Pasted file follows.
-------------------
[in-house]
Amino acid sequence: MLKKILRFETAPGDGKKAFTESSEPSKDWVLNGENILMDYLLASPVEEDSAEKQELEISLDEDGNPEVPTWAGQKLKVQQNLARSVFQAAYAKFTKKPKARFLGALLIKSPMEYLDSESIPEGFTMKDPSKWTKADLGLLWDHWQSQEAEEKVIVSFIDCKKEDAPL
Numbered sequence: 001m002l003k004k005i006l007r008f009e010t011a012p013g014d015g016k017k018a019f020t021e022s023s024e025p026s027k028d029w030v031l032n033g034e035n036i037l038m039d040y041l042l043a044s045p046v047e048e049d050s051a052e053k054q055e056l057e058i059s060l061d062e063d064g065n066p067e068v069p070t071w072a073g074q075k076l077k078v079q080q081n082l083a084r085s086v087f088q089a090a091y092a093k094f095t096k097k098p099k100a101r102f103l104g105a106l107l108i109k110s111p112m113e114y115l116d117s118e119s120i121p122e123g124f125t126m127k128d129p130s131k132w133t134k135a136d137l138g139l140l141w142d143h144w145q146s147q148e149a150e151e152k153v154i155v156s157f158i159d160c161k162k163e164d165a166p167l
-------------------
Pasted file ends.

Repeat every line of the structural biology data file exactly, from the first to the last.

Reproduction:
[in-house]
Amino acid sequence: MLKKILRFETAPGDGKKAFTESSEPSKDWVLNGENILMDYLLASPVEEDSAEKQELEISLDEDGNPEVPTWAGQKLKVQQNLARSVFQAAYAKFTKKPKARFLGALLIKSPMEYLDSESIPEGFTMKDPSKWTKADLGLLWDHWQSQEAEEKVIVSFIDCKKEDAPL
Numbered sequence: 001m002l003k004k005i006l007r008f009e010t011a012p013g014d015g016k017k018a019f020t021e022s023s024e025p026s027k028d029w030v031l032n033g034e035n036i037l038m039d040y041l042l043a044s045p046v047e048e049d050s051a052e053k054q055e056l057e058i059s060l061d062e063d064g065n066p067e068v069p070t071w072a073g074q075k076l077k078v079q080q081n082l083a084r085s086v087f088q089a090a091y092a093k094f095t096k097k098p099k100a101r102f103l104g105a106l107l108i109k110s111p112m113e114y115l116d117s118e119s120i121p122e123g124f125t126m127k128d129p130s131k132w133t134k135a136d137l138g139l140l141w142d143h144w145q146s147q148e149a150e151e152k153v154i155v156s157f158i159d160c161k162k163e164d165a166p167l